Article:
Questions from the audience focused on whether Equality California would make the same mistakes a lot of people thought they did in the Proposition 8 campaign — particularly in making straight people the public faces of the campaign and pushing Queers into the closet in their own civil-rights struggle — and whether the group, whose expertise is as a lobbying organization, is the right one for the very different task of running an election campaign. Also, at least two people — one of them both blind and Queer — urged the campaign to focus on the disability community because repeal of SB 48 will sanction educational discrimination against them as well as against Queers.
Palencia conceded that Equality California doesn’t have the expertise to run a ballot campaign but said that the “regionally based structure, focused on experience” they’re creating to fight the repeal will draw in people who know how to run campaigns. As for whether Queer people will be relegated to the background of the campaign, Palencia said, “This is going to be a referendum on our community. We really have to be front and center as to who we are and what our values are.” Elsewhere during the meeting, though, he and Zander boasted that most of the current coalition-building efforts are focused on non-Queers.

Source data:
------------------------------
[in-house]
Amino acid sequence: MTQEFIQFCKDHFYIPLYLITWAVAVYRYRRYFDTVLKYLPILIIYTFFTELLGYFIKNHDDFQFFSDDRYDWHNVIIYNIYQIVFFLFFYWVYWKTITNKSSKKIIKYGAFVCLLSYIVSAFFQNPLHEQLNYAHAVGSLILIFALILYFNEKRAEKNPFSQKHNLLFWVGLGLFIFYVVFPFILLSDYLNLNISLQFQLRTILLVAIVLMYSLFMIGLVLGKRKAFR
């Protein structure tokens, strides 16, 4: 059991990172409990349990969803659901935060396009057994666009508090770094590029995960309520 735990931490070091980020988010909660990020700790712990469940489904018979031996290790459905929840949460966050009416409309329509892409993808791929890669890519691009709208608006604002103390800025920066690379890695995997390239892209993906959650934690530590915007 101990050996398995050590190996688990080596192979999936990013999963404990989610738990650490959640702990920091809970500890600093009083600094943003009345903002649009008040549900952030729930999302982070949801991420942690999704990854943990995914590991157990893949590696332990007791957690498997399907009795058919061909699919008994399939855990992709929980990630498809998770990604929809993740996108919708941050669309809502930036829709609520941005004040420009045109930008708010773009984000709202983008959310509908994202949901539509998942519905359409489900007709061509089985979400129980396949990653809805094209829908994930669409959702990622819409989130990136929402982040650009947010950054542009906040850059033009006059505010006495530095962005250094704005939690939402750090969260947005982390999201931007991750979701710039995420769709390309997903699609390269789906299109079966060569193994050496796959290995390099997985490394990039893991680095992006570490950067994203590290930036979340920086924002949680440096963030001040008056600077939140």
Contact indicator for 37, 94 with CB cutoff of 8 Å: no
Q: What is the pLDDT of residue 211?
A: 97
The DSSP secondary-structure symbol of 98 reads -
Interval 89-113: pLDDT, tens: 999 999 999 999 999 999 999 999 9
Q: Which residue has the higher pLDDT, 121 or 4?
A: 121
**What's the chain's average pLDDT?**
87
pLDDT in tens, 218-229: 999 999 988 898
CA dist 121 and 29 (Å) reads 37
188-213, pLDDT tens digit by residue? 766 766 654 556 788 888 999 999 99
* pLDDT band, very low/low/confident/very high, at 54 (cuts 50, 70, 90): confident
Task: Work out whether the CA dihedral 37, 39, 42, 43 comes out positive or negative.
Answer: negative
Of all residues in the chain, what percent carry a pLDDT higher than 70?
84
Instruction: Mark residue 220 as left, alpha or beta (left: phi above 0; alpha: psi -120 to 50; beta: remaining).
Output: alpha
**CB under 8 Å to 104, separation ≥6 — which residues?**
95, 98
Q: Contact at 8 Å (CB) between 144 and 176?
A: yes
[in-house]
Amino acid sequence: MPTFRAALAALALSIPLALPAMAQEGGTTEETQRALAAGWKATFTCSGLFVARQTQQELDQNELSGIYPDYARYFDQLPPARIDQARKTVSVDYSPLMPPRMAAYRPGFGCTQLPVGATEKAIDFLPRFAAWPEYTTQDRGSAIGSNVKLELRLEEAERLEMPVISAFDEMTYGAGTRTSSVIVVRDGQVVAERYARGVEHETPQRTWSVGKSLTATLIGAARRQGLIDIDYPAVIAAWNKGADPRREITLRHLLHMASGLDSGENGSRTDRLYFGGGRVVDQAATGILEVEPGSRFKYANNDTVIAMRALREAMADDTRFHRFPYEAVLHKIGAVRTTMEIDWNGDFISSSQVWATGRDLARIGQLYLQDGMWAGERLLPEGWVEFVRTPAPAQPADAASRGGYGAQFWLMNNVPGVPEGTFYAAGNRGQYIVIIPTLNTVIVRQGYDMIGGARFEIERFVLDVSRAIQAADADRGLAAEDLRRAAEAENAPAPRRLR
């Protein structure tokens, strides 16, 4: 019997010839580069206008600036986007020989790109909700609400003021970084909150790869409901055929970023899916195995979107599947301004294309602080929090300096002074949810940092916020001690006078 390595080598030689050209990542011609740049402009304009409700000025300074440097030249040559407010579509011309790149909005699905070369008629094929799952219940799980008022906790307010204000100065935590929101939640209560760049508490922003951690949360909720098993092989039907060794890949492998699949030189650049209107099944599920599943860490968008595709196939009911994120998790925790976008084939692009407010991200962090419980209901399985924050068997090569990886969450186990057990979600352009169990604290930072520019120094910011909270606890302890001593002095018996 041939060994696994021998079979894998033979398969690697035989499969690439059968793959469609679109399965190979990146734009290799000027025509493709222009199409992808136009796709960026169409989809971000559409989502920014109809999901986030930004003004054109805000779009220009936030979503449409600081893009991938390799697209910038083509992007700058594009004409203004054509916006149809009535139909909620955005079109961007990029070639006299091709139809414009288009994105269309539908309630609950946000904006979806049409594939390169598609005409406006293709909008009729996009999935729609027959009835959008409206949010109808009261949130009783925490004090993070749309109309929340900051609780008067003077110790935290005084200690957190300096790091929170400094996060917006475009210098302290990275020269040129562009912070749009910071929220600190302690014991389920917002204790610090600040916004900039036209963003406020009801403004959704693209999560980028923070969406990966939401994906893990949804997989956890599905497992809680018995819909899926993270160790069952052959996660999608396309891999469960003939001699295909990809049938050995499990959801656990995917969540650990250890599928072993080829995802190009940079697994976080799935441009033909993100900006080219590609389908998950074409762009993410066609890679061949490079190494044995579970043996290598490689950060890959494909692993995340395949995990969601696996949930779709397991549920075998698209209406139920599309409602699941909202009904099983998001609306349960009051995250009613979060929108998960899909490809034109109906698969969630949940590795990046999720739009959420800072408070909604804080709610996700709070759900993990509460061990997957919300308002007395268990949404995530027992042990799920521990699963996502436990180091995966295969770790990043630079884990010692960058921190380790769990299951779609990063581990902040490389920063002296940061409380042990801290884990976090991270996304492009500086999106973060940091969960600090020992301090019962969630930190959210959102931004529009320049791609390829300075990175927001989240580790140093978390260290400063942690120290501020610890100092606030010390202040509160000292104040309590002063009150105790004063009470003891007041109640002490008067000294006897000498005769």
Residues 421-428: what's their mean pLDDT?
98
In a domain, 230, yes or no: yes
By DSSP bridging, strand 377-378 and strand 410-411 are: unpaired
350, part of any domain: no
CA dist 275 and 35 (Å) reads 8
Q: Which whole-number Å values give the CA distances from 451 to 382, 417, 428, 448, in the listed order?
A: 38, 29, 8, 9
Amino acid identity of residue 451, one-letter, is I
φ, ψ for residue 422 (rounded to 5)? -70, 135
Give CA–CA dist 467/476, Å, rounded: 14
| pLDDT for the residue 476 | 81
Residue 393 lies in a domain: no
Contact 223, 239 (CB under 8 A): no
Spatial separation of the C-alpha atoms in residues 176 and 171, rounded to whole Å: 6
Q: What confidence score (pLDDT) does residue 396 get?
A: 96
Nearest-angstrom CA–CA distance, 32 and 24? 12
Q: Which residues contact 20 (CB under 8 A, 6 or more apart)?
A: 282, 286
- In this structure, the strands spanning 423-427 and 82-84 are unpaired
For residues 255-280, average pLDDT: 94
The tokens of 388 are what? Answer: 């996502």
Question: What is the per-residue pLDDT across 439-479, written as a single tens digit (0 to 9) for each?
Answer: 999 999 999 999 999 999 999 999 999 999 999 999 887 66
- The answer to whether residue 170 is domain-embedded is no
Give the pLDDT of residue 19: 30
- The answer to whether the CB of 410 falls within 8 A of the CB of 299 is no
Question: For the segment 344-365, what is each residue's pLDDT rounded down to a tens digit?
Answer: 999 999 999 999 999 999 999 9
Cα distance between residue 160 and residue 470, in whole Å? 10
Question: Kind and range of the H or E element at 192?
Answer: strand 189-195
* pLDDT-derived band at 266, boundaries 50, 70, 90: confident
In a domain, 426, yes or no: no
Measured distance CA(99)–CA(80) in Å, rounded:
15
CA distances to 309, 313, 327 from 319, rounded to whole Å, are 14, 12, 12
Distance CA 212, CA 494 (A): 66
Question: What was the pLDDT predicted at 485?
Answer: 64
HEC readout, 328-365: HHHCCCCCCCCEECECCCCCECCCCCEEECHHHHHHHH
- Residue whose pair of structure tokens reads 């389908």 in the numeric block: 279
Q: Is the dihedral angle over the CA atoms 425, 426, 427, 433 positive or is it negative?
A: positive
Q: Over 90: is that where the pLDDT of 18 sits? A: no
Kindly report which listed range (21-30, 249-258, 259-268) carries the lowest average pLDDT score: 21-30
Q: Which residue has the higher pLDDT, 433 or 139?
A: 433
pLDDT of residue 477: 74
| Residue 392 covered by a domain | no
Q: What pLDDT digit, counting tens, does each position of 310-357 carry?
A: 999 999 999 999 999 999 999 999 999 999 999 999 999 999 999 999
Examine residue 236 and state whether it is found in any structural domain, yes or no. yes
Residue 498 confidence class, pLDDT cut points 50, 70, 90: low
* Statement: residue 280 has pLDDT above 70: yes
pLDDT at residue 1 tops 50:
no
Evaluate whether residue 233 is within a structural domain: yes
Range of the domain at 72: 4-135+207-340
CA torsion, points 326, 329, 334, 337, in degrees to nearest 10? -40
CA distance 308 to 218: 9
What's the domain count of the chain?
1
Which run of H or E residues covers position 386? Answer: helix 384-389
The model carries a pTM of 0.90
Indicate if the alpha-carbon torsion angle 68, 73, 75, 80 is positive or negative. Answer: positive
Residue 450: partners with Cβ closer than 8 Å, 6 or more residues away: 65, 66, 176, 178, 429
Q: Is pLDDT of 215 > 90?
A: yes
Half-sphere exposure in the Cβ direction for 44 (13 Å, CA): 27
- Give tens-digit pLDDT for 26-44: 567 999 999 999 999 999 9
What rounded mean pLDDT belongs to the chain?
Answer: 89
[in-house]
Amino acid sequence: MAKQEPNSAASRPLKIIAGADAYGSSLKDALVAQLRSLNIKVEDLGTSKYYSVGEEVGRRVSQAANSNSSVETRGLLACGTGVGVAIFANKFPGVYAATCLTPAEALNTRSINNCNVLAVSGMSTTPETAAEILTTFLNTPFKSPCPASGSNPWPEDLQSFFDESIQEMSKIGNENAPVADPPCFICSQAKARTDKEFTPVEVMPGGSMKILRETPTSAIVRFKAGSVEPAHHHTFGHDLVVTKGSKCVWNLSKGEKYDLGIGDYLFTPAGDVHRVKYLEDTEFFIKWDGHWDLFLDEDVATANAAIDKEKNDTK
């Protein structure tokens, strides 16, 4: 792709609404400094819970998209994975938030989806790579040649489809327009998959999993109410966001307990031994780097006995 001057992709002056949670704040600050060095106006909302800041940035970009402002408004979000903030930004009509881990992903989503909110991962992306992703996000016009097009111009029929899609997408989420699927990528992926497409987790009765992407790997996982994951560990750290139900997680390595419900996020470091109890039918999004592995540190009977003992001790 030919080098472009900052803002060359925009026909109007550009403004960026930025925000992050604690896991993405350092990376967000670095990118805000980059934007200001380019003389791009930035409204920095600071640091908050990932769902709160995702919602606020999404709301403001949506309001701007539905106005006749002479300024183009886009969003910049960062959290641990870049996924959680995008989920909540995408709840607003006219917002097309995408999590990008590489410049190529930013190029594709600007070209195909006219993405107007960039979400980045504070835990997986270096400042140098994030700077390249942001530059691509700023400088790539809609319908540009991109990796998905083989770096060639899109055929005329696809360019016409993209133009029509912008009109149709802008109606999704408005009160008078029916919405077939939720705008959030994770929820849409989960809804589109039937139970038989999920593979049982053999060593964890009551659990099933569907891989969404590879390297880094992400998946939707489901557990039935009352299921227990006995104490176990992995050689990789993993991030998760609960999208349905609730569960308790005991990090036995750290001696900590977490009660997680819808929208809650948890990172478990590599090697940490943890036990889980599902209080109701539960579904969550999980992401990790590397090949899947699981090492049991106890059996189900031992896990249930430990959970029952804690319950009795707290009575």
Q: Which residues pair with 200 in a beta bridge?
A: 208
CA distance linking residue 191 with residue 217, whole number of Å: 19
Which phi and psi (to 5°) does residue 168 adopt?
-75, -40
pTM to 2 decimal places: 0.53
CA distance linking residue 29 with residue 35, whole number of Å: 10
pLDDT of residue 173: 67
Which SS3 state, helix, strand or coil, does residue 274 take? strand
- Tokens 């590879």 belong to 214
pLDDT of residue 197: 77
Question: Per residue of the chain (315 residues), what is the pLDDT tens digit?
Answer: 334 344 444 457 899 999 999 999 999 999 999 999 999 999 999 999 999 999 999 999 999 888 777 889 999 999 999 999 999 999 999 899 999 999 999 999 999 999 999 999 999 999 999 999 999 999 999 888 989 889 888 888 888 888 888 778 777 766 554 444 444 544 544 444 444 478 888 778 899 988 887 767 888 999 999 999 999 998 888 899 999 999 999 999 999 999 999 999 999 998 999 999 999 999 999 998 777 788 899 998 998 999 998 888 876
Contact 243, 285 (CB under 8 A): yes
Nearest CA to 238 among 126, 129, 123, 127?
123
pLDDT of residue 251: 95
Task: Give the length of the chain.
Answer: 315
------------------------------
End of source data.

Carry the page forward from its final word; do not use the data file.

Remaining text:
According to both Palencia and Zander, they are involving disability groups in the campaign from the get-go. “We learned so much from the past,” Zander said. “The organization we have helped create is mostly straight. [The disability issue] is clearly part of it. What we’re talking about now is organizing. It includes the disability and Pacific Islander communities. This campaign is not Gay-based. We’re here [at the San Diego Democratic Club] because you’re the organizers and we need you now in San Diego.”
“If I were to message a series of ads right now, I’d say the opposition hates the LGBT community so much they’re willing to hurt the disability and Pacific Islander communities,” said former San Diego Democratic Club president Craig Roberts. “They’re going to try to make this about our community, and it’s not just about our community. That actually adds to our viewpoint that non-Gays could benefit us by reminding the voters that this isn’t just about the LGBT community. It’s about the disability community and the Pacific Islander community also.”